There seems to be a new view in China about how it should respond to the possible issues posed by Libra, Facebook's cryptocurrency. It has been suggested that the country should turn to working with other blockchain and Bitcoin friendly nations to regulate the industry, instead of quickly establishing its individual option means of payment.
The discussion over whether and how the central banking institution - People's Bank of China (PBOC) - will create its own cryptocurrency continues, and there are growing concerns that the massive attractiveness of Libra virtual asset could further strengthen the dollar's dominance in the digital epoch.
China's yuan isn’t likely to be encompassed in Libra's underlying tokens, while PBOC is also cracking down on virtual assets including Bitcoin (BTC) and appears to have registered a headway in formation an autonomous cryptocurrency.
But Zhu Min, an ex V.P of the PBOC, advised the government to ponder its reaction to Facebook’s Libra project further. The coin owned by the social networking service provider, Facebook is backed by a portfolio of hard currency assets and is believed to be officially launched in the first quarter of this year.
Zhu further revealed that the central bank's cryptocurrency research program, called digital money electronic payments, was a "natural process", proposing that China had no timetable for the roll out of autonomous cryptocurrencies. Min isn’t the only one significant person calling and advocating for a global regulatory framework for Bitcoin and other virtual assets.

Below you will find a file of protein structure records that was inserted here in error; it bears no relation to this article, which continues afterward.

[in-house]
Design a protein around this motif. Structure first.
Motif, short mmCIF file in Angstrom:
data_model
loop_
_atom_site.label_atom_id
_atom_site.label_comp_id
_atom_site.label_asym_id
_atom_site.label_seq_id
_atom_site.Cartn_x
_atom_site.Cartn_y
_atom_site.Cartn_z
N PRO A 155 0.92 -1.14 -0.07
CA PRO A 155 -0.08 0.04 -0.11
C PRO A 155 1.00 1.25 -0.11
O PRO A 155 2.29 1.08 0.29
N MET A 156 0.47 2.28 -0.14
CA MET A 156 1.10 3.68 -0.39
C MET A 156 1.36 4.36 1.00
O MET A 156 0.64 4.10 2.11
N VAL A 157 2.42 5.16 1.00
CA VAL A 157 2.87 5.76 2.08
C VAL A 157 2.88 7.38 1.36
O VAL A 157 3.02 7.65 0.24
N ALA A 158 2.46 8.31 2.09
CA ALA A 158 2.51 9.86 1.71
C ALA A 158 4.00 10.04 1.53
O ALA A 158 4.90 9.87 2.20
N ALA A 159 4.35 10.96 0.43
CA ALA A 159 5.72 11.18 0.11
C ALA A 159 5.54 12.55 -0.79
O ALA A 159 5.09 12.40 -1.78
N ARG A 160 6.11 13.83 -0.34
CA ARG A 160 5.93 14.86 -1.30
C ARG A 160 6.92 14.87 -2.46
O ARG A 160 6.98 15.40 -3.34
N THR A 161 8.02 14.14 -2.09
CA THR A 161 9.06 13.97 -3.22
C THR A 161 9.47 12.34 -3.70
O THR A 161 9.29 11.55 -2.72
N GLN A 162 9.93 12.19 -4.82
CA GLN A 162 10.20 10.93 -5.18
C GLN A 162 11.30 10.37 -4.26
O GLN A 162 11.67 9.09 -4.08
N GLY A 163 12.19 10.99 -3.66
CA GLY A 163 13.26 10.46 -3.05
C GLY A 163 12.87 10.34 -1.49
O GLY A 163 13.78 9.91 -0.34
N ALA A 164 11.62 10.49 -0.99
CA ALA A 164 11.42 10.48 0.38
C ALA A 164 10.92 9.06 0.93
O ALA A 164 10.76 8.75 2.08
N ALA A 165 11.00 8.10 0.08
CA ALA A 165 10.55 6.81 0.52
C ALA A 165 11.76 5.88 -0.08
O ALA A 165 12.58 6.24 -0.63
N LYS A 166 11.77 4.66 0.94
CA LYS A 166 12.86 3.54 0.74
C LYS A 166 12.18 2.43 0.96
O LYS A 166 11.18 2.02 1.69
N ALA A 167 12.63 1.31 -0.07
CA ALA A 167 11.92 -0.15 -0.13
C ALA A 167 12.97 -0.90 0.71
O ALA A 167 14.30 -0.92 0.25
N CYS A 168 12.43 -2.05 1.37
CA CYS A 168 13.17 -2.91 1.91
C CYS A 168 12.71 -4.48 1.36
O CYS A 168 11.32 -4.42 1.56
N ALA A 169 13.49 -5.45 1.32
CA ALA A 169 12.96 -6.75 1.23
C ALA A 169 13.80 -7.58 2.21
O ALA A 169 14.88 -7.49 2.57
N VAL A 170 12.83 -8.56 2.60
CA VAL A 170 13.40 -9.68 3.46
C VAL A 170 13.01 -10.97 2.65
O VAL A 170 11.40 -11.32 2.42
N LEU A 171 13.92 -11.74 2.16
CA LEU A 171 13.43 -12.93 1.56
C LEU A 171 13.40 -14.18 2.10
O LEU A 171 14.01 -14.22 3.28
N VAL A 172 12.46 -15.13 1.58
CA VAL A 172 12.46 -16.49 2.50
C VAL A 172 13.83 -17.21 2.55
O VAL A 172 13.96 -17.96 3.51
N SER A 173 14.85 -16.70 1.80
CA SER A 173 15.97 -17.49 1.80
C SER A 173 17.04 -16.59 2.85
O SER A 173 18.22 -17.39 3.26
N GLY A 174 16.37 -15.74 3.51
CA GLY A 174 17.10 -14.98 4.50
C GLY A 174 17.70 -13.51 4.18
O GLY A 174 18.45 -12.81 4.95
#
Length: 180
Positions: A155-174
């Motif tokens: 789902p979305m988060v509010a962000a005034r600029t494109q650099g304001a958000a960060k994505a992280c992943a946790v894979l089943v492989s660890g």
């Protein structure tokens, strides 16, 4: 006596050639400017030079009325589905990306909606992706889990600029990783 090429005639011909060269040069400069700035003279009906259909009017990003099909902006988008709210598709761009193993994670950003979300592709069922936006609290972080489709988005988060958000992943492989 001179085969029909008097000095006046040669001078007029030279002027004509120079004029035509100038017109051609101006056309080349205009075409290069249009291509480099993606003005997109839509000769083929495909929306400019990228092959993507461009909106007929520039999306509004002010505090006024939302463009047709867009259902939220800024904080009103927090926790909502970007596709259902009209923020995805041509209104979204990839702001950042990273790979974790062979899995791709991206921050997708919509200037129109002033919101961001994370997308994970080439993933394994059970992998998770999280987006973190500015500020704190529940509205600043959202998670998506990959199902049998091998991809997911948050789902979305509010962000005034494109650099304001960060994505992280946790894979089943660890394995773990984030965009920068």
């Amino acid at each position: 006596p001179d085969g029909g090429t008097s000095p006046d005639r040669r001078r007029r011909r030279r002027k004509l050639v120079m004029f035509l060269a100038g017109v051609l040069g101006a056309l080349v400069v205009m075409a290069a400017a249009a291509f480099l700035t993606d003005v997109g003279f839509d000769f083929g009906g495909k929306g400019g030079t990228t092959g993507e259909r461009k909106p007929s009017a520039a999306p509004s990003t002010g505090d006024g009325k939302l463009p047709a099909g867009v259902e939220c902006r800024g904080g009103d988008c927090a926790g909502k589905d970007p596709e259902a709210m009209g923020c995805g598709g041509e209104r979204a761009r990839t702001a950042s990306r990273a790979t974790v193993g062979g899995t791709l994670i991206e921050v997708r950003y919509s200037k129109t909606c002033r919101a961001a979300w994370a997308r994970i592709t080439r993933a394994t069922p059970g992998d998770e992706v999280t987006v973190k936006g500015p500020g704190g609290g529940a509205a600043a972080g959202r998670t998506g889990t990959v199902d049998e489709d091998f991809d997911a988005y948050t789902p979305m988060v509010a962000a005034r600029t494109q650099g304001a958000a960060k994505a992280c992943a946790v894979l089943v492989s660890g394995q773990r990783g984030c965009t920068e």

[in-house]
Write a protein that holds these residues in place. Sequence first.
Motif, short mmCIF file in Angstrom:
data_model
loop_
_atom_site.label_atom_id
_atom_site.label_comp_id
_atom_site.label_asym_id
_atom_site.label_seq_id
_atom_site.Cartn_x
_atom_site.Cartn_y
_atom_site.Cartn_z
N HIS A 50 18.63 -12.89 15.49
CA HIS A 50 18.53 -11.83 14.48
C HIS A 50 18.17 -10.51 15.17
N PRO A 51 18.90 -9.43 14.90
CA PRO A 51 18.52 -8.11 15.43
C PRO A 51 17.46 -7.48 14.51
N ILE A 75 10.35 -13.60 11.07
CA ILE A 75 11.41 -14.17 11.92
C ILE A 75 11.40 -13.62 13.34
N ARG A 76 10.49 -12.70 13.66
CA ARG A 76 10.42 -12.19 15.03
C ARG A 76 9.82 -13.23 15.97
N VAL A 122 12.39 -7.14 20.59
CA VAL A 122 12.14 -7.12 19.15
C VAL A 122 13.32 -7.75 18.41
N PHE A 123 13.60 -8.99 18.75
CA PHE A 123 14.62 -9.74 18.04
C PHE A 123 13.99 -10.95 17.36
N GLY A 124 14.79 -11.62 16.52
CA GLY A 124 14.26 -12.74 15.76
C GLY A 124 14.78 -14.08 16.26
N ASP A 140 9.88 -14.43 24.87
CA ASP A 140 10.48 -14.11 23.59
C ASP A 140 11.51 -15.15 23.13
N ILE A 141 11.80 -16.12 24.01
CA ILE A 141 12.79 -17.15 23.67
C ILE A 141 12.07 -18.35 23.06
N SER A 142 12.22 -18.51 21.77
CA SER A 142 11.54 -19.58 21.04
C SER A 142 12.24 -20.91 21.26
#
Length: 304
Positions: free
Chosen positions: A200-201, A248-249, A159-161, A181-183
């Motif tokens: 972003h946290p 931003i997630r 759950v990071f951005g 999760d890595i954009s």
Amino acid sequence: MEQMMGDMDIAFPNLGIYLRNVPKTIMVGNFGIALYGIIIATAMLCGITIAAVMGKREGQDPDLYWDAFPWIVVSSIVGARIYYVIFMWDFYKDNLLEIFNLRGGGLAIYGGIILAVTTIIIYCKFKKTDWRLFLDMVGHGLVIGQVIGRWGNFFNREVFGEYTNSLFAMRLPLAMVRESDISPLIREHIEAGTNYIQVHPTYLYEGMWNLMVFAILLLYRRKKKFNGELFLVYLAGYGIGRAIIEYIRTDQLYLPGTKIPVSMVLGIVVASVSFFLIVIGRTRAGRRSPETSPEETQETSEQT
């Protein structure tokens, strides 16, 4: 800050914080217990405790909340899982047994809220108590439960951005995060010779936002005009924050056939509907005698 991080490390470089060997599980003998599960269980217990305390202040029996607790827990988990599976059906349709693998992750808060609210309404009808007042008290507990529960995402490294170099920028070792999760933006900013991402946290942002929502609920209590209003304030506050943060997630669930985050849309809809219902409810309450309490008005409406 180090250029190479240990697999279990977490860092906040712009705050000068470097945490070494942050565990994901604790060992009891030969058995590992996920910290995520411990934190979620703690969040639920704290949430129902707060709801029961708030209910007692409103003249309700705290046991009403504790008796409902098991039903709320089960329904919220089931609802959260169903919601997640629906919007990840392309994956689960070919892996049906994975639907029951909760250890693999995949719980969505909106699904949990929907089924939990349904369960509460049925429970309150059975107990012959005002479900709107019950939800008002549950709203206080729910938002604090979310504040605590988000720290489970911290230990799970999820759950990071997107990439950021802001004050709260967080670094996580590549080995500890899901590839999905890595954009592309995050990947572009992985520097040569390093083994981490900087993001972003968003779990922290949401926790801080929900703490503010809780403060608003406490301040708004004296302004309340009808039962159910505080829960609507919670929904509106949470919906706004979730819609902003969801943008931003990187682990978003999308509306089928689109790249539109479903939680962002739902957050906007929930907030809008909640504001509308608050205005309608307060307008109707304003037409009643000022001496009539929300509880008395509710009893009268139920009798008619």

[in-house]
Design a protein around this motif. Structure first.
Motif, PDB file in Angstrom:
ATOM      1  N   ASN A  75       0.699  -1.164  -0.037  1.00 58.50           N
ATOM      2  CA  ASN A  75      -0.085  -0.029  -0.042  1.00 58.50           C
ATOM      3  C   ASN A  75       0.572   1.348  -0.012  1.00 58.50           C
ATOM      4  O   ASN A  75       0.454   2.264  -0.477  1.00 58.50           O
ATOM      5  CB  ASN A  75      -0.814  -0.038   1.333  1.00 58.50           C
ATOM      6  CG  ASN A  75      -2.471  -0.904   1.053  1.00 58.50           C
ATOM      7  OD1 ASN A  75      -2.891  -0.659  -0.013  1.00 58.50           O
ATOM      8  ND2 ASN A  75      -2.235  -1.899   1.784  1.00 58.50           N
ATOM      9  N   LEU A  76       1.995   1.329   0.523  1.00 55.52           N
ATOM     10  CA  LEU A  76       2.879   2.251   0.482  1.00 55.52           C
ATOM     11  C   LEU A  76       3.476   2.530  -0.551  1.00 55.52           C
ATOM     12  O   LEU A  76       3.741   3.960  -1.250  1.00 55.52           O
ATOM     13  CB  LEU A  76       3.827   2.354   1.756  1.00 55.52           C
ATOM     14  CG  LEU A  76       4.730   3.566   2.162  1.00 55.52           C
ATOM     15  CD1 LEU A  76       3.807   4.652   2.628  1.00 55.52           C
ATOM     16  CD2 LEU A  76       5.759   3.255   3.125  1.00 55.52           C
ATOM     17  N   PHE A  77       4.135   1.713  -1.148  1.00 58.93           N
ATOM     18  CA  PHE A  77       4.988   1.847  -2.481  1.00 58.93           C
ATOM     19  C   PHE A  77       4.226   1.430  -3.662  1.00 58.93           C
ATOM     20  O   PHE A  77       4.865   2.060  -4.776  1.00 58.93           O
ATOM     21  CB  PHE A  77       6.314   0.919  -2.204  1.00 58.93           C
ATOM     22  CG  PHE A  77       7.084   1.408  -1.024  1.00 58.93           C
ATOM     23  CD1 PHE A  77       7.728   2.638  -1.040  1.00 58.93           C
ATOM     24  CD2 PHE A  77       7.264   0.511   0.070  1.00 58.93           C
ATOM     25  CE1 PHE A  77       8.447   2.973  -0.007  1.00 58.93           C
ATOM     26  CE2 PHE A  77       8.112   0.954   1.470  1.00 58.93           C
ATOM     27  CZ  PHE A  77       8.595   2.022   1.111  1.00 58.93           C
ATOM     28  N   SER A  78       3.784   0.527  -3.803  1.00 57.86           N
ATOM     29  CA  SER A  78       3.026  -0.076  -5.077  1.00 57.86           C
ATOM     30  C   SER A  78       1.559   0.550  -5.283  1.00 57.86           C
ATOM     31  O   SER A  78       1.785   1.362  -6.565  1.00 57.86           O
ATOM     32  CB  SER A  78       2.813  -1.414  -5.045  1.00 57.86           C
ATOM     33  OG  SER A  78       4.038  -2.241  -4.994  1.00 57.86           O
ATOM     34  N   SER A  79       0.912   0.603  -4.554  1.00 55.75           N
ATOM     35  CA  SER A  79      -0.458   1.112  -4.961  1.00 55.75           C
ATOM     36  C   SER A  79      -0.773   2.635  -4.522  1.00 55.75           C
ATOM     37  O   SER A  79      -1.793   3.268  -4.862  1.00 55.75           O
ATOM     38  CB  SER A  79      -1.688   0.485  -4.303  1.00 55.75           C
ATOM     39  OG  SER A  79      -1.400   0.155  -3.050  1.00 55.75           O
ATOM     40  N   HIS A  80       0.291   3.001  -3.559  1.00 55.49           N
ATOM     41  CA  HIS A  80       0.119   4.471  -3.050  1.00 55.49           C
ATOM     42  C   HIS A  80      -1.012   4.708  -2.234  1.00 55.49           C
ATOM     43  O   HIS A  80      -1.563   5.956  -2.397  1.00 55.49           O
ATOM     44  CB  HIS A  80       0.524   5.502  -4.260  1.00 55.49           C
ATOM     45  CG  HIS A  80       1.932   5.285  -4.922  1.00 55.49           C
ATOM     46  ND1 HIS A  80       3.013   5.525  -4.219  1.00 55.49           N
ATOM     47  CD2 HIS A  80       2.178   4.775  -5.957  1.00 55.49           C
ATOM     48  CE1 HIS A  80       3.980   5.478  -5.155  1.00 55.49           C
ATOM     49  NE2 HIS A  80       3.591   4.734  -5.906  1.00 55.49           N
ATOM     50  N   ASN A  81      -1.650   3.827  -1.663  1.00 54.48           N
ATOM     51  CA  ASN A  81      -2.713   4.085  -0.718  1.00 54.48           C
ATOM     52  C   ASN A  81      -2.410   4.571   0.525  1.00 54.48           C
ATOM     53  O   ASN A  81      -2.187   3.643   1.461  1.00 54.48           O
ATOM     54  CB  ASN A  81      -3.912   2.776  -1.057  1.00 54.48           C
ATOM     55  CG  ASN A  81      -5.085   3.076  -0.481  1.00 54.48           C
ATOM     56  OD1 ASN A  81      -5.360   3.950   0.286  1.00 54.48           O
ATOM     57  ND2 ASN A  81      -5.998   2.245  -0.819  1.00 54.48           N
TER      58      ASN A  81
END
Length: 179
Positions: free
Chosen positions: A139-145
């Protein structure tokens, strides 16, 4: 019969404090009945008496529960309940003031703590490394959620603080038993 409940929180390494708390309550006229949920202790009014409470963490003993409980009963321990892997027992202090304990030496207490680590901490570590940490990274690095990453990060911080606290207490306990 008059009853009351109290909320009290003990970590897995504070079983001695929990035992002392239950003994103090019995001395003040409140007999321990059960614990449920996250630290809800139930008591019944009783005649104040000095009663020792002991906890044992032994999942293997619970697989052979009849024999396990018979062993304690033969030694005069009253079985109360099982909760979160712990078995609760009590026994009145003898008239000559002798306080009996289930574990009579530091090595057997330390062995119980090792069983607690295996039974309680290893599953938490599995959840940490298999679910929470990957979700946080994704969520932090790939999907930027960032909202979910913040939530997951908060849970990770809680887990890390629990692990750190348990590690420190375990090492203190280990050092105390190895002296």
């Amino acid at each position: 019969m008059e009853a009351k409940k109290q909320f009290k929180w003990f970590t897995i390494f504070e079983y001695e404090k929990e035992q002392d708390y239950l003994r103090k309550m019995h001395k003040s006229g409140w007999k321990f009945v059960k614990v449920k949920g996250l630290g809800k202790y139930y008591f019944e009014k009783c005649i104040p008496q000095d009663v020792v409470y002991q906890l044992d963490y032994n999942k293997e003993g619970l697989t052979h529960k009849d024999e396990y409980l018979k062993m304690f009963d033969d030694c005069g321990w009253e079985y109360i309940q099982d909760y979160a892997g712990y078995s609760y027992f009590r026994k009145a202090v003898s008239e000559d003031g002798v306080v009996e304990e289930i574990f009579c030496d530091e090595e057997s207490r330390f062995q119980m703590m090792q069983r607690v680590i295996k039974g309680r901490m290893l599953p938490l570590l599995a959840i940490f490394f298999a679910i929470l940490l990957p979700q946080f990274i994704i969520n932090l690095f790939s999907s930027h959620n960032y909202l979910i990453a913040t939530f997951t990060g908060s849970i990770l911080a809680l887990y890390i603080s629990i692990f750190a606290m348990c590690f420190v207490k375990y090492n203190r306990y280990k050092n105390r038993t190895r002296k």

Ba Shusong, an ex-research fellow at the Development Research Center of the State Council and now chief China economist at the Hong Kong Stock Exchange, revealed a framework supervised by global agencies was badly required to over cryptocurrencies like BTC, Libra because they had the capability to restructure the universal financial system and dare current national financial agencies. Mr. Shusong also revealed that there were several snags with cryptocurrencies, which weren’t limited to any one state.
This week, Vodafone became the latest firm to withdraw from Facebook's cryptocurrency project. Sponsors including PayPal, Visa and MasterCard have also pulled out from the Libra Association amid regulatory scrutiny across the globe.
Earlier this week, the Bank for International Settlements proclaimed that it had formed an effective group of central banking institutions from major countries such as Sweden, Canada, the United Kingdom, and Japan plus the European Central Bank, to "share experience sits in evaluating latent applications of the central bank's digital currencies (CBCDs)."